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Testing your Compose layout

Testing a UI based on Compose is different from testing a view-based UI. The view-based UI toolkit clearly defines what a view is. A view occupies a rectangular space, and can be widgets or layouts. A view has properties, like identifiers, position, margin, padding, and so on.

Compose uses a different approach. Instead of View elements, you define composable functions which emit UI. Composables don't have an ID or a content description. How, then, do you do things like clicking a button in a UI test? This document explains the equivalent approaches for Compose.


UI tests in Compose use semantics to interact with the UI hierarchy. Semantics, as the name implies, give meaning to a piece of UI. In this context, a "piece of UI" (or element) can mean anything from a single composable to a full screen. The semantics tree is generated alongside the UI hierarchy, and describes it.

Diagram showing a typical UI layout, and the way that layout would map to a corresponding semantic tree

Figure 1. The UI hierarchy and its semantics tree.

The semantics framework is primarily used for accessibility, so tests take advantage of the information exposed by semantics about the UI hierarchy. Developers decide what and how much to expose.

A button containing a graphic and text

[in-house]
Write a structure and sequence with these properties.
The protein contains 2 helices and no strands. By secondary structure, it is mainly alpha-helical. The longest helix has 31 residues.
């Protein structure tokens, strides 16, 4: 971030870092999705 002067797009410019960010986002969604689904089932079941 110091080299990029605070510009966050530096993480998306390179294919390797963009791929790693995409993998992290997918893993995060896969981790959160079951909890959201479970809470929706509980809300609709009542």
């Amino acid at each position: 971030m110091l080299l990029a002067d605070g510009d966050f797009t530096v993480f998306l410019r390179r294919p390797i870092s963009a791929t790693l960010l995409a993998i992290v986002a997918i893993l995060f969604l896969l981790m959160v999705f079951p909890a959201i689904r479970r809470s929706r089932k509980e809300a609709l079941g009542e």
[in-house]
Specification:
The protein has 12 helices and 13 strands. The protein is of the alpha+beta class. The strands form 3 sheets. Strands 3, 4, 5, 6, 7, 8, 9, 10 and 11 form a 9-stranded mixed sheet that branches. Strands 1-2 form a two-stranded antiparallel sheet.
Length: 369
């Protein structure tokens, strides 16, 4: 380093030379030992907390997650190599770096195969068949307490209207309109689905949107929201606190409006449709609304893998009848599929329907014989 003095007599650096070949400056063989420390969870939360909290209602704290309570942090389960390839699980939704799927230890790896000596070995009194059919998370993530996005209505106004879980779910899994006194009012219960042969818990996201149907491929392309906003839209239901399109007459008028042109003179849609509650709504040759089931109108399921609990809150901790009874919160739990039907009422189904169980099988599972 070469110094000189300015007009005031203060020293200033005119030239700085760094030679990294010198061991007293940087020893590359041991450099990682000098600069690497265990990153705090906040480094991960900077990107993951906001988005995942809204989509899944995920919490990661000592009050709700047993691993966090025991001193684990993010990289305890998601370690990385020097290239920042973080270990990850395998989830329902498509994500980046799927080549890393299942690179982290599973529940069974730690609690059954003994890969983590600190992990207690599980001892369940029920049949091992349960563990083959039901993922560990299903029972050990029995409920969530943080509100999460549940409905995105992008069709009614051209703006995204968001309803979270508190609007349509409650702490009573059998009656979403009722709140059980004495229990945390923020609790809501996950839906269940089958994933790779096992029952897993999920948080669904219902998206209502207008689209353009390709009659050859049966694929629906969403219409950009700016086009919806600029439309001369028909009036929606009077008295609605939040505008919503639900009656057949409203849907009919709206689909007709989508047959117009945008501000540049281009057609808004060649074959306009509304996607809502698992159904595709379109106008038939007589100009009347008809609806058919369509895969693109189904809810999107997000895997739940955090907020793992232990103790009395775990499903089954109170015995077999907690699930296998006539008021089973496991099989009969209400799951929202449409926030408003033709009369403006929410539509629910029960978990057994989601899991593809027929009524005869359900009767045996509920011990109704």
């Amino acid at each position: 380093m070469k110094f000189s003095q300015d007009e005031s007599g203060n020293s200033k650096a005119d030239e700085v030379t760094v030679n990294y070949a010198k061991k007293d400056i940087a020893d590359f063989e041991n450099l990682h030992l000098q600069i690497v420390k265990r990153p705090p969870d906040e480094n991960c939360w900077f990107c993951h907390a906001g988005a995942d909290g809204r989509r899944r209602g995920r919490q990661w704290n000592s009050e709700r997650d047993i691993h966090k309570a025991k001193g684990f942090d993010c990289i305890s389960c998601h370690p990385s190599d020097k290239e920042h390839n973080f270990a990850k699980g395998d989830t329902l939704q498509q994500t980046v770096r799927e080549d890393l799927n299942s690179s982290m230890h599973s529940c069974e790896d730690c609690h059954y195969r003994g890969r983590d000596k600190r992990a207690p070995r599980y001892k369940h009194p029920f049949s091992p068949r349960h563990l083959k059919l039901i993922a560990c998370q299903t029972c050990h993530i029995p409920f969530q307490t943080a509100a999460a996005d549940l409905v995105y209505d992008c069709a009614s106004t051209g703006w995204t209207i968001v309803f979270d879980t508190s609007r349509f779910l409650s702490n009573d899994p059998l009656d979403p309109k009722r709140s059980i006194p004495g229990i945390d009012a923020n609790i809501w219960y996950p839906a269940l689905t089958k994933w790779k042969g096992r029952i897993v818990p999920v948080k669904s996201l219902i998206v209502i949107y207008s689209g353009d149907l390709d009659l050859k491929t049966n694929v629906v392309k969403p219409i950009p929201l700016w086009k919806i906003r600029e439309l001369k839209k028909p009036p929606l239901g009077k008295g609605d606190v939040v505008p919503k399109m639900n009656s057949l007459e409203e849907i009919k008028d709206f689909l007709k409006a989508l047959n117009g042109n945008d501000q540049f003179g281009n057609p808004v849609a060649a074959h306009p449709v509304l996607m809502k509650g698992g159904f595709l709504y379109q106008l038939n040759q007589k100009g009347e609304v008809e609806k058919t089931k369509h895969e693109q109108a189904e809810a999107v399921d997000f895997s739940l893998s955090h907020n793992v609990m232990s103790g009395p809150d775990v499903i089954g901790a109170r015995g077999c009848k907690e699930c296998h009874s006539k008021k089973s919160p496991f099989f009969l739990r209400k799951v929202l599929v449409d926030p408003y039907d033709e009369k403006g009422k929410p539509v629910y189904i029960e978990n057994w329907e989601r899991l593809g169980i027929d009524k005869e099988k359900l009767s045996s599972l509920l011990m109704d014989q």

Figure 2. A typical button containing an icon and text.

For example, given a button like this that consists of an icon and a text element, the default semantics tree only contains the text label "Like". This is because some composables, like Text, already expose some properties to the semantics tree. You can add properties to the semantic tree by using a Modifier.

MyButton(modifier = Modifier.semantics { accessibilityLabel = "Like button" })


This section describes how to set up your module to let you test compose code.

First, add the following dependencies to the build.gradle file of the module containing your UI tests:


This module includes a ComposeTestRule and an implementation for Android called AndroidComposeTestRule. Through this rule you can set Compose content or access the activity. The typical UI test for Compose looks like this:

// file: app/src/androidTest/java/com/package/MyComposeTest.kt

class MyComposeTest {

    val composeTestRule = createAndroidComposeRule<MyActivity>()
    // createComposeRule() if you don't need access to the activityTestRule

    fun MyTest() {
        // Start the app
        composeTestRule.setContent {
            MyAppTheme {
                MainScreen(uiState = exampleUiState, /*...*/)



If you use createComposeRule, you'll have to add ComponentActivity to your Android Manifest. We recommend you do this in app/src/debug/AndroidManifest.xml:

<manifest xmlns:android="">
        <activity android:name="androidx.activity.ComponentActivity" />

Testing APIs

If you have used Espresso, the testing APIs in Compose will feel familiar.

Compose uses SemanticsMatcher matchers to refer to one or more nodes in the semantics tree. Once you match one or more nodes, you can perform actions on them or make assertions.


Select a single node

composeTestRule.onNode(<<SemanticsMatcher>>, useUnmergedTree = false): SemanticsNodeInteraction
// Example
composeTestRule.onNode(hasText("Button")) // Equivalent to onNodeWithText("Button")

Select multiple nodes

composeTestRule.onAllNodes(<<SemanticsMatcher>>): SemanticsNodeInteractionCollection
// Example
composeTestRule.onAllNodes(hasText("Button")) // Equivalent to onAllNodesWithText("Button")

Using the unmerged tree

Some nodes merge the semantics information of their children. For example, a button with two text elements merges their labels:

MyButton {

From a test, we can use printToLog() to show the semantics tree:


This code prints the following output: